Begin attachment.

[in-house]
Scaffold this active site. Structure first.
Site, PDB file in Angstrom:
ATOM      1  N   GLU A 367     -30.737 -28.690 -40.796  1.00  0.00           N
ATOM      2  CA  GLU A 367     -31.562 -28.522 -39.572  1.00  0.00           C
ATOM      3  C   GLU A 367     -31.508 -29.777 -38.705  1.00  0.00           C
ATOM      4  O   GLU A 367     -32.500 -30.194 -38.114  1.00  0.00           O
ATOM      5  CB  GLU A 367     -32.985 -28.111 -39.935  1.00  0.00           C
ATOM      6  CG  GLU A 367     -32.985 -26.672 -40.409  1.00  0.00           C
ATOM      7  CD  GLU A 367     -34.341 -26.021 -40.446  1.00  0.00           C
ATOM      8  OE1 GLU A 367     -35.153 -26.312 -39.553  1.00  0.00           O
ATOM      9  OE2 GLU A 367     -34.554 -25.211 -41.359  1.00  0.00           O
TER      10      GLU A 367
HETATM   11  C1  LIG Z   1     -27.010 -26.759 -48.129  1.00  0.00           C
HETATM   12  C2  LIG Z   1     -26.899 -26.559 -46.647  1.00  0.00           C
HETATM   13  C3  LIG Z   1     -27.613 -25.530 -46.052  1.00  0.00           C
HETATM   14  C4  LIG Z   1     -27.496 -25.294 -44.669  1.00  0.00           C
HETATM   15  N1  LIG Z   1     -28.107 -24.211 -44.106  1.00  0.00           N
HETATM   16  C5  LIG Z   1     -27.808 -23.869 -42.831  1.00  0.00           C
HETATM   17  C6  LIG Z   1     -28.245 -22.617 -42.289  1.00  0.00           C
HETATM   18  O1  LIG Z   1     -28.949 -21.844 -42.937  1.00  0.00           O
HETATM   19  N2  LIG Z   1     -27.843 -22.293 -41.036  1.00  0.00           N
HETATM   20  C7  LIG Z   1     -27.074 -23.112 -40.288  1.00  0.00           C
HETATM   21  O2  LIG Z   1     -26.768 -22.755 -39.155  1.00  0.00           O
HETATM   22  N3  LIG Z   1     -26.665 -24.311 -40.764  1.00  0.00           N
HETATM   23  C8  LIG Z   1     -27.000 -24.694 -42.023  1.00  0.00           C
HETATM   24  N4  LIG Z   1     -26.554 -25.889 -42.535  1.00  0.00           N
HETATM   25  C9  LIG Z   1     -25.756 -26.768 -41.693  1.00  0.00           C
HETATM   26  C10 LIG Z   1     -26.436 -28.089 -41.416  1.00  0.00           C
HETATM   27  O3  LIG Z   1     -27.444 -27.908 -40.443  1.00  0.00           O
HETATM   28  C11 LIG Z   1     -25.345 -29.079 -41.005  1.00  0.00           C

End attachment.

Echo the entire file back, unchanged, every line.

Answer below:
[in-house]
Scaffold this active site. Structure first.
Site, PDB file in Angstrom:
ATOM      1  N   GLU A 367     -30.737 -28.690 -40.796  1.00  0.00           N
ATOM      2  CA  GLU A 367     -31.562 -28.522 -39.572  1.00  0.00           C
ATOM      3  C   GLU A 367     -31.508 -29.777 -38.705  1.00  0.00           C
ATOM      4  O   GLU A 367     -32.500 -30.194 -38.114  1.00  0.00           O
ATOM      5  CB  GLU A 367     -32.985 -28.111 -39.935  1.00  0.00           C
ATOM      6  CG  GLU A 367     -32.985 -26.672 -40.409  1.00  0.00           C
ATOM      7  CD  GLU A 367     -34.341 -26.021 -40.446  1.00  0.00           C
ATOM      8  OE1 GLU A 367     -35.153 -26.312 -39.553  1.00  0.00           O
ATOM      9  OE2 GLU A 367     -34.554 -25.211 -41.359  1.00  0.00           O
TER      10      GLU A 367
HETATM   11  C1  LIG Z   1     -27.010 -26.759 -48.129  1.00  0.00           C
HETATM   12  C2  LIG Z   1     -26.899 -26.559 -46.647  1.00  0.00           C
HETATM   13  C3  LIG Z   1     -27.613 -25.530 -46.052  1.00  0.00           C
HETATM   14  C4  LIG Z   1     -27.496 -25.294 -44.669  1.00  0.00           C
HETATM   15  N1  LIG Z   1     -28.107 -24.211 -44.106  1.00  0.00           N
HETATM   16  C5  LIG Z   1     -27.808 -23.869 -42.831  1.00  0.00           C
HETATM   17  C6  LIG Z   1     -28.245 -22.617 -42.289  1.00  0.00           C
HETATM   18  O1  LIG Z   1     -28.949 -21.844 -42.937  1.00  0.00           O
HETATM   19  N2  LIG Z   1     -27.843 -22.293 -41.036  1.00  0.00           N
HETATM   20  C7  LIG Z   1     -27.074 -23.112 -40.288  1.00  0.00           C
HETATM   21  O2  LIG Z   1     -26.768 -22.755 -39.155  1.00  0.00           O
HETATM   22  N3  LIG Z   1     -26.665 -24.311 -40.764  1.00  0.00           N
HETATM   23  C8  LIG Z   1     -27.000 -24.694 -42.023  1.00  0.00           C
HETATM   24  N4  LIG Z   1     -26.554 -25.889 -42.535  1.00  0.00           N
HETATM   25  C9  LIG Z   1     -25.756 -26.768 -41.693  1.00  0.00           C
HETATM   26  C10 LIG Z   1     -26.436 -28.089 -41.416  1.00  0.00           C
HETATM   27  O3  LIG Z   1     -27.444 -27.908 -40.443  1.00  0.00           O
HETATM   28  C11 LIG Z   1     -25.345 -29.079 -41.005  1.00  0.00           C